The Elusive Line between Ornament and Meaning in the Ornamental Carpet Pages of Iberian Hebrew Bible

The Elusive Line between Ornament and Meaning in the Ornamental Carpet Pages of Iberian Hebrew Bible

Tuesday

March 3, 2020

5:30 PM-6:30 PM

Auditorium

225 South St
Williamstown, MA 01267

Center for Spain in America Fellow Julie A. Harris presents, “The Elusive Line between Ornament and Meaning in the Ornamental Carpet Pages of Iberian Hebrew Bibles (c. 1260–1320).”

Full-page “carpet pages” in the Hebrew Bibles of Iberia, like their counterparts in Insular Gospels, functioned as frontispieces to the books and to divisions within the text. While not iconographic in the traditional sense of the word, even ornamental carpet pages may be seen as deliberately meaningful, but the line between ornament and meaning is elusive and must be examined from the perspective of medieval Jewish visuality.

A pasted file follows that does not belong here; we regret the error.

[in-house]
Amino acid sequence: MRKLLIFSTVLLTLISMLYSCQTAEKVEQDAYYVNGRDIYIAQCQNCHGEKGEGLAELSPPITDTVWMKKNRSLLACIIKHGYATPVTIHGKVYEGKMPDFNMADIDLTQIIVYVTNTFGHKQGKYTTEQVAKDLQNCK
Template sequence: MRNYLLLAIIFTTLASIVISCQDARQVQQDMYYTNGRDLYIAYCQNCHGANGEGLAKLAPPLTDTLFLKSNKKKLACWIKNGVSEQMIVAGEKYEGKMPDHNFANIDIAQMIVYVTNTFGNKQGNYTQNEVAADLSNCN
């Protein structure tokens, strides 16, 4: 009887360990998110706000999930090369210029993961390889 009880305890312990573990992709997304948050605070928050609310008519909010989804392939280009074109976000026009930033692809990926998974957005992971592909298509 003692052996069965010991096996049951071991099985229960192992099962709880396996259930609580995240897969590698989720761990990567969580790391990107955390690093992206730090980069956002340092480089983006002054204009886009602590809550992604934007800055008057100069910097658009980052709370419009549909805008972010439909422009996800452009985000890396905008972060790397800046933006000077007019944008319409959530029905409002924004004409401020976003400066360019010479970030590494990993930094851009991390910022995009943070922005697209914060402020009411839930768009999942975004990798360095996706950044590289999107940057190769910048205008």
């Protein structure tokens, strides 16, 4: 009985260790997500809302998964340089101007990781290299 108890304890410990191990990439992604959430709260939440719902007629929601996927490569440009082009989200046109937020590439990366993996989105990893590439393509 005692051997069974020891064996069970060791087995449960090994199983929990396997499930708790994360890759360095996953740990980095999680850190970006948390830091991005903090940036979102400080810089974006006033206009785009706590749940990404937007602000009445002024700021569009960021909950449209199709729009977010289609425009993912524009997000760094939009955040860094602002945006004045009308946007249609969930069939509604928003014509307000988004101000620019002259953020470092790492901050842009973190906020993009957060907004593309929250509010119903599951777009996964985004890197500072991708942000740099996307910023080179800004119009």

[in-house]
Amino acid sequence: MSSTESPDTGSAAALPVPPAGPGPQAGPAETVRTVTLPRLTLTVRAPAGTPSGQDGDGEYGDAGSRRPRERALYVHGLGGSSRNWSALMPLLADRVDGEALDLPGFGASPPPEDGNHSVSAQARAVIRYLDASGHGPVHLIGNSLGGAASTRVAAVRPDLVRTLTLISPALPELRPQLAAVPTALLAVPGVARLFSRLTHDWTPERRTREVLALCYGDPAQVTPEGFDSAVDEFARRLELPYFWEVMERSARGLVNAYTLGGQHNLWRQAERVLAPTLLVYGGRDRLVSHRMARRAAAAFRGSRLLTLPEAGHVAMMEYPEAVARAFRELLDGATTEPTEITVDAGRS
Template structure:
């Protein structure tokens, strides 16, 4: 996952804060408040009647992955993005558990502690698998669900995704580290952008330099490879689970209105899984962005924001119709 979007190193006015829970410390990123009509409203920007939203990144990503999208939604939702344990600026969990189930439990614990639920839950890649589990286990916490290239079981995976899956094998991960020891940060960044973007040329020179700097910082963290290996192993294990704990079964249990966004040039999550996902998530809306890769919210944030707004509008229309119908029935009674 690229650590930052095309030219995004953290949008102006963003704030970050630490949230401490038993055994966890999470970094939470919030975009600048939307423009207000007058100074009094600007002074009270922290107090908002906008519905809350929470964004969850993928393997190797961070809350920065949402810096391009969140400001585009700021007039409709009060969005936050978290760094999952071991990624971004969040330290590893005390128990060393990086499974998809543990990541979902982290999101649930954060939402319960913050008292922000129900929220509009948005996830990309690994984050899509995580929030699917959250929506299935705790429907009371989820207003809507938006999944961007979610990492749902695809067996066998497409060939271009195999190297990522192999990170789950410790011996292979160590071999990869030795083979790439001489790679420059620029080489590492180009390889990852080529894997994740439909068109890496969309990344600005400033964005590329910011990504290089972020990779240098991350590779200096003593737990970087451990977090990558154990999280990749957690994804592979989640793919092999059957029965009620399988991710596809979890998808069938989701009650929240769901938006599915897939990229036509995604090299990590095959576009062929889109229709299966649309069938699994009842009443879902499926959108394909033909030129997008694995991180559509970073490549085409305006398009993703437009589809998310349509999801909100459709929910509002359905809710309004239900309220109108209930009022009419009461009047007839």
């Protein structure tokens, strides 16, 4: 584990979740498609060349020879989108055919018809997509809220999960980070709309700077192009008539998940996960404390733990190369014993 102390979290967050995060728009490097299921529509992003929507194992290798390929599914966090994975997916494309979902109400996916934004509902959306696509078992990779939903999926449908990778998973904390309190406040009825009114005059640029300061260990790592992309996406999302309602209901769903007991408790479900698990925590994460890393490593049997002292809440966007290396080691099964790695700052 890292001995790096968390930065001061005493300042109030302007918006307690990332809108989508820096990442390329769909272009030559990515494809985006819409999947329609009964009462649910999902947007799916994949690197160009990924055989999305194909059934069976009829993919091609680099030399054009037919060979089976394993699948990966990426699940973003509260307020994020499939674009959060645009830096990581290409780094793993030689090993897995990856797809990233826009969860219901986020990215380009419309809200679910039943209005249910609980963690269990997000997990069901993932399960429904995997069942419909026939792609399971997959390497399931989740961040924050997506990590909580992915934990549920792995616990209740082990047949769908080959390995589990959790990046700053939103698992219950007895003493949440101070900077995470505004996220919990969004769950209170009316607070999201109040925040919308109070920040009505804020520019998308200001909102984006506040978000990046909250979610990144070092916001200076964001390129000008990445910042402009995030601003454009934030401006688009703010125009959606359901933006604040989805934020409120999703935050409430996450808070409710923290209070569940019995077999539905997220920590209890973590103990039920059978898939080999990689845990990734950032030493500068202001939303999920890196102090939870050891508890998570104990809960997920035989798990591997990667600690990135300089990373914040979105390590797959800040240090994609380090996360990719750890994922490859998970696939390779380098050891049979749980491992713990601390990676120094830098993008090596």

Julie A. Harris is a specialist in the art of medieval Spain who is affiliated with the Spertus Institute for Jewish Learning and Leadership in Chicago. She has published on ivory carving, pilgrimage, and the fate of art and architecture during the Reconquest. Her work on the art of Jewish Iberia may be found in Gesta, Medieval Encounters, the Journal of Medieval Iberian Studies, and the Journal of Medieval History. Her project at the Clark concerns the decorative Carpet pages of Iberian Hebrew Bibles, in particular their materiality, function, and the tension between ornament and meaning presented by their decoration.